Video recording and production done by Enthought.
In 2013, the Gordon and Betty Moore and the Alfred P. Sloan foundations awarded UC Berkeley, U. Washington and NYU for a collaborative, $38M in support of a 5-year initiative to create novel environments for Data Science. This project was driven by the recognition that computing and data analysis have now become the backbone of all scientific research, and yet the teams, collaborations and individuals that make this possible typically encounter significant barriers in today's academic environments.
The SciPy community is one of the poster children of this issue: many of our members live "officially" in traditional, discipline-oriented scientific research, and yet we have committed time and effort to creating an open ecosystem of tools for research. As we all know, this is often done with little support from the standard incentive structures of science, be it publication venues, funding agencies or hiring, tenure and promotion committees.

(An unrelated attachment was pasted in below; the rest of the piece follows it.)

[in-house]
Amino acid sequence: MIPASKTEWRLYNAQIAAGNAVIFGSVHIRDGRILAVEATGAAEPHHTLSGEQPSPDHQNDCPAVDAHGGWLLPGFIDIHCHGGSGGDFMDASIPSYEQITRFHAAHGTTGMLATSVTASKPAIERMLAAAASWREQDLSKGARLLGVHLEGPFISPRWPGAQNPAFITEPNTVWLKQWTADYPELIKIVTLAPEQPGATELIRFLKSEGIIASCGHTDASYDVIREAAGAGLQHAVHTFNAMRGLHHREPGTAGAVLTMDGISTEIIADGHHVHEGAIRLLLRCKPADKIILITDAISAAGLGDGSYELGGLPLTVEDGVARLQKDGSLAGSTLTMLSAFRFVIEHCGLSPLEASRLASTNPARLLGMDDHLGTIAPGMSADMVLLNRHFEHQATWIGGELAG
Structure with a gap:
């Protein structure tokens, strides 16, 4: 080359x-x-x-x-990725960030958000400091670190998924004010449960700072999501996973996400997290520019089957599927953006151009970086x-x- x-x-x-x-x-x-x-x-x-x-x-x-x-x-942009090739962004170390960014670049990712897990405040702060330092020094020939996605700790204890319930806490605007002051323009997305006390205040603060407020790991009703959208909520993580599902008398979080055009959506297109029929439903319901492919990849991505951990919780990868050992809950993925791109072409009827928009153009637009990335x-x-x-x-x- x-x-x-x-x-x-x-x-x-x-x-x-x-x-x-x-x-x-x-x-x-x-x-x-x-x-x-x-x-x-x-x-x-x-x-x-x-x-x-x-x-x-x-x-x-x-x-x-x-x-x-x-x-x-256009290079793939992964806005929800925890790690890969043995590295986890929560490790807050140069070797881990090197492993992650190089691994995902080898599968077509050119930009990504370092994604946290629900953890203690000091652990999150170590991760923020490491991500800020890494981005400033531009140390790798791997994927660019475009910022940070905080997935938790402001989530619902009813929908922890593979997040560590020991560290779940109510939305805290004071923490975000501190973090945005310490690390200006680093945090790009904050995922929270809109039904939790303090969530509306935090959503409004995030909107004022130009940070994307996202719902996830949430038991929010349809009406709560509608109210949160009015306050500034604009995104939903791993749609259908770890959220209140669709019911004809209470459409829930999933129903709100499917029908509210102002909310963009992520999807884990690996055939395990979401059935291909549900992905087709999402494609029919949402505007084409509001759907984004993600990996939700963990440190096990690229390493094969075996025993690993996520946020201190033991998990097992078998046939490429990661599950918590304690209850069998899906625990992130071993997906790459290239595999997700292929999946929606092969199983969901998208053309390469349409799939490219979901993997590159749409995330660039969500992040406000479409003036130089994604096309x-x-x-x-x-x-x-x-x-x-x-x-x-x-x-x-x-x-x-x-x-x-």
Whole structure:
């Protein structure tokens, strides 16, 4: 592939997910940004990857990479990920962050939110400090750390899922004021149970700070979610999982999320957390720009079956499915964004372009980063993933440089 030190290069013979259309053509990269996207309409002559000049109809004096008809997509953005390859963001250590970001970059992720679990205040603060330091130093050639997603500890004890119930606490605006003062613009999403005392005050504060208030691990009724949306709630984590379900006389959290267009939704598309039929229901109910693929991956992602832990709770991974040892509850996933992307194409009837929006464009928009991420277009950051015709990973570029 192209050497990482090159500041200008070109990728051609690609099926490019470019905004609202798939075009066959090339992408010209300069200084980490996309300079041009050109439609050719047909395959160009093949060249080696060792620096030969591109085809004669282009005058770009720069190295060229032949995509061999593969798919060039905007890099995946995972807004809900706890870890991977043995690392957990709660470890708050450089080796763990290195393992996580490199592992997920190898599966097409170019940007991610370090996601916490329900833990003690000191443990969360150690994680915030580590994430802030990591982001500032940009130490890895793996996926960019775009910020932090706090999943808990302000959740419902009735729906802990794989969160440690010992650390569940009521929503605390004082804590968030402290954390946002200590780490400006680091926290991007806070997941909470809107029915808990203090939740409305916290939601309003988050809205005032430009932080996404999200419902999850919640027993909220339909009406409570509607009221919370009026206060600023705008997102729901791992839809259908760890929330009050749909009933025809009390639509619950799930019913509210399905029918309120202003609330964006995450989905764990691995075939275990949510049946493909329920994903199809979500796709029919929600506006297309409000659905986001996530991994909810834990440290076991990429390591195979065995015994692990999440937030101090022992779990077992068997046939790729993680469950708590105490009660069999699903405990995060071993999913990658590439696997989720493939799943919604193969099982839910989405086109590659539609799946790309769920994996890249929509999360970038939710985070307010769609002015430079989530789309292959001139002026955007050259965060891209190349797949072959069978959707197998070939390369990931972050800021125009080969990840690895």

The launch of this initiative is an important moment, as it signals the recognition of this problem by important and well-respected foundations in science. At UC Berkeley, we took this opportunity to create the new Berkeley Institute for Data Science. In this effort, the open source tools of the SciPy community will play a central role.
In this talk, I will describe the larger context in which this initiative has been created, as well as the scientific scope of our team, our goals, and the opportunities that we will try to provide with this space. We expect that this new institute, together with our partners at UW and NYU, will play an important role in support of the great work of the SciPy ecosystem.